Securities offered through LPL Financial, member FINRA/SIPC. Investment advice offered through Treiberg Wealth Management, a registered investment advisor and separate entity from LPL Financial.
These views are those of Carson Coaching, not the presenting Representative, the Representative’s Broker/Dealer, or Registered Investment Advisor, and should not be construed as investment advice. * This newsletter was prepared by Carson Coaching. Carson Coaching is not affiliated with the named firm or broker/dealer. * Opinions expressed are subject to change without notice and are not intended as investment advice or to predict future performance. * Economic forecasts set forth may not develop as predicted and there can be no guarantee that strategies promoted will be successful. * The foregoing information has been obtained from sources considered to be reliable, but we do not guarantee it is accurate or complete.
Government bonds and Treasury Bills are guaranteed by the U.S. government as to the timely payment of principal and interest and, if held to maturity, offer a fixed rate of return and fixed principal value. However, the value of fund shares is not guaranteed and will fluctuate. * Corporate bonds are considered higher risk than government bonds but normally offer a higher yield and are subject to market, interest rate and credit risk as well as additional risks based on the quality of issuer coupon rate, price, yield, maturity, and redemption features. * The 10-year Treasury Note represents debt owed by the United States Treasury to the public. Since the U.S. Government is seen as a risk-free borrower, investors use the 10-year Treasury Note as a benchmark for the long-term bond market. * Gold represents the 3:00 p.m. (London time) gold price as reported by the London Bullion Market Association and is expressed in U.S. Dollars per fine troy ounce. The source for gold data is Federal Reserve Bank of St. Louis (FRED). * The Bloomberg Commodity Index is designed to be a highly liquid and diversified benchmark for the commodity futures market. The Index is composed of futures contracts on 19 physical commodities and was launched on July 14, 1998.* The Dow Jones Industrial Average (DJIA), commonly known as “The Dow,” is an index representing 30 stock of companies maintained and reviewed by the editors of The Wall Street Journal.* The Standard & Poor's 500 (S&P 500) is an unmanaged group of securities considered to be representative of the stock market in general. You cannot invest directly in this index. * The Dow Jones Global ex-U.S. Index covers approximately 95% of the market capitalization of the 45 developed and emerging countries included in the Index. * The NASDAQ Composite is an unmanaged index of securities traded on the NASDAQ system. * The DJ Equity All REIT Total Return Index measures the total return performance of the equity subcategory of the Real Estate Investment Trust (REIT) industry as calculated by Dow Jones. * All indexes referenced are unmanaged. The volatility of indexes could be materially different from that of a client’s portfolio. Unmanaged index returns do not reflect fees, expenses, or sales charges. Index performance is not indicative of the performance of any investment. You cannot invest directly in an index. * Yahoo! Finance is the source for any reference to the performance of an index between two specific periods.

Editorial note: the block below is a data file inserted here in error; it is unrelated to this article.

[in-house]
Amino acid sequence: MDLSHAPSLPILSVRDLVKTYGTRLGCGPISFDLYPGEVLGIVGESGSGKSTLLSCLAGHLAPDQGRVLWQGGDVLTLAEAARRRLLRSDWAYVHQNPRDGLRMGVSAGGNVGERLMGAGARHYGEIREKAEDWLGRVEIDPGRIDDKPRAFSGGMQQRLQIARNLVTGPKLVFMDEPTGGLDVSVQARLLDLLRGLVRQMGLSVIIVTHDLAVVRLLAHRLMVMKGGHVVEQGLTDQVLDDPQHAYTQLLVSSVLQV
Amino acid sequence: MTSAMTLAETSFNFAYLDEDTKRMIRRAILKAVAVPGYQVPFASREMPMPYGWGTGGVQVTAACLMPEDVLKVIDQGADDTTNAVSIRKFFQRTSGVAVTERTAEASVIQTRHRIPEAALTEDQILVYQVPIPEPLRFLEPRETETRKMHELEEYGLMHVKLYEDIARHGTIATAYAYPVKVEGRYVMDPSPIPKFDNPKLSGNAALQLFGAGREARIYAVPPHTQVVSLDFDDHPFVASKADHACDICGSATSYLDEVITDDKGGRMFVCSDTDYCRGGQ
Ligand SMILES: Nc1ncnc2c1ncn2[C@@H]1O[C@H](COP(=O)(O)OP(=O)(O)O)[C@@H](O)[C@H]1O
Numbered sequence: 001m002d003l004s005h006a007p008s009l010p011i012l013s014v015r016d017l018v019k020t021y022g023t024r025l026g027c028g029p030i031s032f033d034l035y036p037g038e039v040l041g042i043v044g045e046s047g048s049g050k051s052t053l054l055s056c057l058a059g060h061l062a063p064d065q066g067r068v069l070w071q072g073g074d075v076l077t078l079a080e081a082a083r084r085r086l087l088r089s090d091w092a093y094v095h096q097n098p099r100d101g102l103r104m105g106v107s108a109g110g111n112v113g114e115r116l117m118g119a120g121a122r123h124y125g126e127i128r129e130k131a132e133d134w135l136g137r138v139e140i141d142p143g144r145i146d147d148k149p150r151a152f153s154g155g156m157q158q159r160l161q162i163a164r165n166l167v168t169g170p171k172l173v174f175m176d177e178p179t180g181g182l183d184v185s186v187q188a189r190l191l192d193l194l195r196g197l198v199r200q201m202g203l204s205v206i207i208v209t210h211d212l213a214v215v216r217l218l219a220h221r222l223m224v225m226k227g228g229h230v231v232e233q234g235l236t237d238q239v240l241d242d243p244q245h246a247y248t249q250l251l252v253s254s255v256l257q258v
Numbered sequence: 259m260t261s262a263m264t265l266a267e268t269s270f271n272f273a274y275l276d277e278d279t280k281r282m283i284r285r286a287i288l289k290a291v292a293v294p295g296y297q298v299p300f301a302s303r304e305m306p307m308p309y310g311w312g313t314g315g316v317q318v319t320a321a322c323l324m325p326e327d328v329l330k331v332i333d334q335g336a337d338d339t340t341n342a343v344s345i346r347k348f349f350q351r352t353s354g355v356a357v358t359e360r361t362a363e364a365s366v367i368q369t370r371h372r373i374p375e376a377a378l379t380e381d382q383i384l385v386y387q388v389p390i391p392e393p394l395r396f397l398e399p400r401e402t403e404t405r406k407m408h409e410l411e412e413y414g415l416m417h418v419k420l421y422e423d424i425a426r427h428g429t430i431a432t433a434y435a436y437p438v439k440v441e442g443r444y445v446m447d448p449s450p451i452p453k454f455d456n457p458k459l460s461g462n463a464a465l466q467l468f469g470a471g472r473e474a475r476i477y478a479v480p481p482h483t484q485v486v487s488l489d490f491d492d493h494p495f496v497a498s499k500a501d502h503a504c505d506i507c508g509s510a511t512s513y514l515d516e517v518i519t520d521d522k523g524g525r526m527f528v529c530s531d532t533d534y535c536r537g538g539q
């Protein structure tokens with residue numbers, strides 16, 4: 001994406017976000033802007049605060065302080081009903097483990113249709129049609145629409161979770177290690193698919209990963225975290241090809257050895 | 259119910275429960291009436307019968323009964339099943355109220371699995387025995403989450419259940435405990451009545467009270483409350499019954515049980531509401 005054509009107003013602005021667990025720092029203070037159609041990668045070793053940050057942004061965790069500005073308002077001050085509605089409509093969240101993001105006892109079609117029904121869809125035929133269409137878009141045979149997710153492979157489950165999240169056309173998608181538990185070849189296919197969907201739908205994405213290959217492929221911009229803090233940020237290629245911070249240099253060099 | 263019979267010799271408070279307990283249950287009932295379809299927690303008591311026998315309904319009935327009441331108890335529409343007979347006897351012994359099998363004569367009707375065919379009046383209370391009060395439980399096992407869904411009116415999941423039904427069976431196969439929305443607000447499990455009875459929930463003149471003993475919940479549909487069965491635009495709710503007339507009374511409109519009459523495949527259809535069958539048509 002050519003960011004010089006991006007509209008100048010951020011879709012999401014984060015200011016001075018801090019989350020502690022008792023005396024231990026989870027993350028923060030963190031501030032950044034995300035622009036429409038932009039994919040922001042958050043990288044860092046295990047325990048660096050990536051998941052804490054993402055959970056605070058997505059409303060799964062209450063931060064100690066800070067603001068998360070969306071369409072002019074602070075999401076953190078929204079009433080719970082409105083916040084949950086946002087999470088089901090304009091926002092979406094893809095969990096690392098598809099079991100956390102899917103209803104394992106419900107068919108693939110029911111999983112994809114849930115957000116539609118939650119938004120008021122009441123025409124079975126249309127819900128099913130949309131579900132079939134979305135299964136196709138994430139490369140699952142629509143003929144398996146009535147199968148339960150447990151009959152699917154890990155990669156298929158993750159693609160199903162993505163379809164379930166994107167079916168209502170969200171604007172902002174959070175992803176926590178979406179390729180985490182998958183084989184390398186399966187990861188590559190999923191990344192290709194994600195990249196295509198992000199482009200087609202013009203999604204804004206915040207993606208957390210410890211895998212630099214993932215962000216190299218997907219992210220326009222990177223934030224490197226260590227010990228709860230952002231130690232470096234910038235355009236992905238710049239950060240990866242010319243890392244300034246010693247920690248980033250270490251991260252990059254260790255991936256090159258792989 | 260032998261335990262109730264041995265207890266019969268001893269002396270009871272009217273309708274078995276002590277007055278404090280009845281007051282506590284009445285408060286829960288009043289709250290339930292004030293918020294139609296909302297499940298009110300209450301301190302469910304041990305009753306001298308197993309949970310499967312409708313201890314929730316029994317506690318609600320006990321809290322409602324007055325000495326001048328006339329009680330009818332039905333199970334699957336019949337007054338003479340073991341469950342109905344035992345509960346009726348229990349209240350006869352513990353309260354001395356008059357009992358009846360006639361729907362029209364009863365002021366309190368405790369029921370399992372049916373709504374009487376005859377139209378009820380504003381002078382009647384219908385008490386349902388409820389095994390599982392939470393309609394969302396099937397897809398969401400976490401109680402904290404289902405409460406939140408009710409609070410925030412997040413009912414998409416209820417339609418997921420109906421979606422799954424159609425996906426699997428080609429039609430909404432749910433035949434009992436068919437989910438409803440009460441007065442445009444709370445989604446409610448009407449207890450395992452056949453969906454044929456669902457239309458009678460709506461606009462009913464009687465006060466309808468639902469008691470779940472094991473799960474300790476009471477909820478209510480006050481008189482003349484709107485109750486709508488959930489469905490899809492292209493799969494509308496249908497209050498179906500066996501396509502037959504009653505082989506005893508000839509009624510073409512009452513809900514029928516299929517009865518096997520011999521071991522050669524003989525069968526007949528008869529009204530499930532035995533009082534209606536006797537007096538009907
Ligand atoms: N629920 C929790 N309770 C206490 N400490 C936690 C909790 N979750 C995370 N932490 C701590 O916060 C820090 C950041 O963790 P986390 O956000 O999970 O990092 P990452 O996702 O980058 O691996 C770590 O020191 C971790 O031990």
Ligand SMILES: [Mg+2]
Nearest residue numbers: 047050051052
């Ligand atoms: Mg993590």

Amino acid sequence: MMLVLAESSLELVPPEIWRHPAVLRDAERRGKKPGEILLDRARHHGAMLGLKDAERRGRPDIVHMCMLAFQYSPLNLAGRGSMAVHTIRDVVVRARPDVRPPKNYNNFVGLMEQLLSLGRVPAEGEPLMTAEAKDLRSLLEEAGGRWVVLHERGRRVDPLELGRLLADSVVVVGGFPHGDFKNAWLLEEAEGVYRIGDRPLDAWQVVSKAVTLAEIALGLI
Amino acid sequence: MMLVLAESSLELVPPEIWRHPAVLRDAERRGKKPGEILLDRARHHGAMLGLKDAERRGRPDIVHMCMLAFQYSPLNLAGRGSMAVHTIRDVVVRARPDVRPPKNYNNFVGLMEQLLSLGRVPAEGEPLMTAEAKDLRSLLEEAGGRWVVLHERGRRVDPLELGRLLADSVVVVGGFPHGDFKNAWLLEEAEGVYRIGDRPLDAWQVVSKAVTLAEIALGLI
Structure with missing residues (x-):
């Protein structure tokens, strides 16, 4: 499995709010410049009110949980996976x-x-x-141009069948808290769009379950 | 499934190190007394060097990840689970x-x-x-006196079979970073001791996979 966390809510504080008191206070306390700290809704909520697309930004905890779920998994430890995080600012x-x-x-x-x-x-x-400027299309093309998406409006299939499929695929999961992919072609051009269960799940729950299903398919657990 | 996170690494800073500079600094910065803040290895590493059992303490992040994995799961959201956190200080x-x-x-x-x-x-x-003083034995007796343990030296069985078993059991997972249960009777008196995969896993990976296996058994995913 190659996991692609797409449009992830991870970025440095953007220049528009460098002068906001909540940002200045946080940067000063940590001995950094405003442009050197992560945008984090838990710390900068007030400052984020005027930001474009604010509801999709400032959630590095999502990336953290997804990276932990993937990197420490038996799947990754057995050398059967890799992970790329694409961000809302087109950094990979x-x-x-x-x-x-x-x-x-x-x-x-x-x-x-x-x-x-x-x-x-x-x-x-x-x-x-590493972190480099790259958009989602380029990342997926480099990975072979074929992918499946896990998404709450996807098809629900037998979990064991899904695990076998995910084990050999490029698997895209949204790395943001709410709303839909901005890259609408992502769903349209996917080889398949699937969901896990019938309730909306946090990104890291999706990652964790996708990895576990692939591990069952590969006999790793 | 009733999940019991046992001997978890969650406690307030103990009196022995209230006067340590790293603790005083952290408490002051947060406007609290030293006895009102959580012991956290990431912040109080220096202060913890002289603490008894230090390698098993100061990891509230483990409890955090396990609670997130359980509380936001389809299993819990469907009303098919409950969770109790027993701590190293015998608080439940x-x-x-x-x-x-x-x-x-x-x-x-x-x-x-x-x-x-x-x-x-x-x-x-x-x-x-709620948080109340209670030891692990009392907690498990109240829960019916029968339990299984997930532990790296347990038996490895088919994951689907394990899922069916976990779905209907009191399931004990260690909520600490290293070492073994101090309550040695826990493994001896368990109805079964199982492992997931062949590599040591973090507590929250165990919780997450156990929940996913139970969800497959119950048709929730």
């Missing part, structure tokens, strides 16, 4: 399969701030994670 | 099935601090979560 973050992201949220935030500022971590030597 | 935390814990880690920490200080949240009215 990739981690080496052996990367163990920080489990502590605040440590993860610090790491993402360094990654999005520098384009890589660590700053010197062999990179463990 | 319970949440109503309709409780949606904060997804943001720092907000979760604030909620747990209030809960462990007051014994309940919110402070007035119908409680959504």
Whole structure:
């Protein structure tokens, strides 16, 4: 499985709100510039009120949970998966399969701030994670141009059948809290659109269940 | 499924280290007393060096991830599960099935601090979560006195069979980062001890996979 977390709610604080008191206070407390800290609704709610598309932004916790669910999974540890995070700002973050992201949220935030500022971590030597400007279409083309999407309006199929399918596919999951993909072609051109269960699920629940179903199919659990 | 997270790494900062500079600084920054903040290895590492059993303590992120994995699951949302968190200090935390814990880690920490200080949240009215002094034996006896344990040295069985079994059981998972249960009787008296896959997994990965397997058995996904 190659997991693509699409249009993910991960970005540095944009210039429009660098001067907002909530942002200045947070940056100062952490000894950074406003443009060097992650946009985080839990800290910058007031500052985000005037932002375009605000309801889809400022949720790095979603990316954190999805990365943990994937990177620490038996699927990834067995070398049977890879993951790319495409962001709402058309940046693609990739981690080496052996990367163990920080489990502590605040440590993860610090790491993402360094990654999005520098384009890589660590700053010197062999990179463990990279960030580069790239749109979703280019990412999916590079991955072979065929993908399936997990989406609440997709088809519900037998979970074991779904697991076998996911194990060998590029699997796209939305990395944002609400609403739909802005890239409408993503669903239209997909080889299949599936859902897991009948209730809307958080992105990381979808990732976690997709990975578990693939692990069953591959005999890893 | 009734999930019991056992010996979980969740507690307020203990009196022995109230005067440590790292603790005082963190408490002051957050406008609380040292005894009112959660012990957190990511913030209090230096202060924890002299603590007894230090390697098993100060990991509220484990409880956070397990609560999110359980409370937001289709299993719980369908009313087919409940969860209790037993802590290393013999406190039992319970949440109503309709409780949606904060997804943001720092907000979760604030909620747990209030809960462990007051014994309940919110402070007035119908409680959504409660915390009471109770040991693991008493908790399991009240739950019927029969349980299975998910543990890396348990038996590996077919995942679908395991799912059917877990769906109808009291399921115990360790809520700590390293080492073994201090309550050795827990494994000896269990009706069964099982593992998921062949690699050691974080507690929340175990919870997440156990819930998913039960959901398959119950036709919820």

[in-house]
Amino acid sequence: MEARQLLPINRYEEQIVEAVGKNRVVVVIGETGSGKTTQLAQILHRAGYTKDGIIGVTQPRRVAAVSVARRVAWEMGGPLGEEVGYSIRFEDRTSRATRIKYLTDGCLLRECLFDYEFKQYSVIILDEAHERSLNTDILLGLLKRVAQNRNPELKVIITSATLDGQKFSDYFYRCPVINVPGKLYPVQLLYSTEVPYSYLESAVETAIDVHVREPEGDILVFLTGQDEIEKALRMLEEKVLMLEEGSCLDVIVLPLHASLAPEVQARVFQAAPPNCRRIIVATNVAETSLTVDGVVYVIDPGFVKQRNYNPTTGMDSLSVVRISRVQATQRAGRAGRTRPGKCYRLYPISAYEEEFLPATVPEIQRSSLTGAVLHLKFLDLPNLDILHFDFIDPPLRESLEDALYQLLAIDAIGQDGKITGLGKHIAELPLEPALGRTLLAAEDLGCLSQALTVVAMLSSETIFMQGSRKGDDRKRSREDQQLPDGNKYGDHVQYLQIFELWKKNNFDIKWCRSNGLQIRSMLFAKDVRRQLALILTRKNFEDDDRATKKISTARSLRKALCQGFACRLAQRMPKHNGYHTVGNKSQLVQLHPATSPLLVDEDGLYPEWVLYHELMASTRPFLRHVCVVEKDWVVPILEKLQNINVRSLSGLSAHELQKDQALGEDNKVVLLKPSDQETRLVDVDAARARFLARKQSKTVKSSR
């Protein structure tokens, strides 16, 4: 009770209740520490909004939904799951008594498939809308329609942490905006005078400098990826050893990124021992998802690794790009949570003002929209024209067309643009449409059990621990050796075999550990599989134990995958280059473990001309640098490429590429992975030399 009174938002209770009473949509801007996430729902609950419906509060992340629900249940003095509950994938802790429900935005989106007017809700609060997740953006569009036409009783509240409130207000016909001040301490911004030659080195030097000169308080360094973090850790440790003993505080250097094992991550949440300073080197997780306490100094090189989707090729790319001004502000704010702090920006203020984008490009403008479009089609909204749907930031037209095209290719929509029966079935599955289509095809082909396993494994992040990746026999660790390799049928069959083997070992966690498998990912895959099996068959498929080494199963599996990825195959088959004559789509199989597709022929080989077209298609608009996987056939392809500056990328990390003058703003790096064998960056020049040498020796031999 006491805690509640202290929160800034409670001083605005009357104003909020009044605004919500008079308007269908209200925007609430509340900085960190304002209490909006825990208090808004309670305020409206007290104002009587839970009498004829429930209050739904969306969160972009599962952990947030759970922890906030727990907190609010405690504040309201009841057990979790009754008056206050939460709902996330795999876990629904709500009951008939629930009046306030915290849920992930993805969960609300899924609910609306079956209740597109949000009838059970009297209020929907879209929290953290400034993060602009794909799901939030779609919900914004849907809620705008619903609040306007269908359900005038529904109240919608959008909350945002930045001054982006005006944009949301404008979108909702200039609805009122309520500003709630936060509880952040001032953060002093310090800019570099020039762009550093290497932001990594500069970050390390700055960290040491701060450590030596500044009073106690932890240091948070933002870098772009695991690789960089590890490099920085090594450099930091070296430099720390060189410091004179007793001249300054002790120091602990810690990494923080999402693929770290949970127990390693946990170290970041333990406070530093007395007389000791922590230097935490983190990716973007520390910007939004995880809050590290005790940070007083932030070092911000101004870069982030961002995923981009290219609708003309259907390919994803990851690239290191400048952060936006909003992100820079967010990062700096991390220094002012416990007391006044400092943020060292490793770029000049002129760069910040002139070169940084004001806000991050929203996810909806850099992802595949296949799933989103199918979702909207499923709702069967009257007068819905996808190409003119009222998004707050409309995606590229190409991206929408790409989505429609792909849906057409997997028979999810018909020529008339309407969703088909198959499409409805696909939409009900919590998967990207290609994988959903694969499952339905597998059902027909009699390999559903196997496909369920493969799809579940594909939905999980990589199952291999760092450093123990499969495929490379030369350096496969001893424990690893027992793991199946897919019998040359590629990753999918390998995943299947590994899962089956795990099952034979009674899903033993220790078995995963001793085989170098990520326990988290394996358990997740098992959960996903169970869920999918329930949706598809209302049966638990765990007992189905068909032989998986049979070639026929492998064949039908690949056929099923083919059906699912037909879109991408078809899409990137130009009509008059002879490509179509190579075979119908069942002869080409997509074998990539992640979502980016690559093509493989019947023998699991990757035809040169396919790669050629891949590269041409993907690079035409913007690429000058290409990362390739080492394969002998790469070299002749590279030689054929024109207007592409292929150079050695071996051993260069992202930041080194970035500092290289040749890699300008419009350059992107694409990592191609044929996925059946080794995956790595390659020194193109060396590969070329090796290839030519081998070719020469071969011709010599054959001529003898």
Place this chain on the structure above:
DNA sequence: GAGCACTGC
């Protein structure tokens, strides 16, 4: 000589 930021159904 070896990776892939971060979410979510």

There is no guarantee a diversified portfolio will enhance overall returns or outperform a non-diversified portfolio. Diversification does not protect against market risk.* Asset allocation does not ensure a profit or protect against a loss. * Past performance does not guarantee future results. Investing involves risk, including loss of principal. * Consult your financial professional before making any investment decision.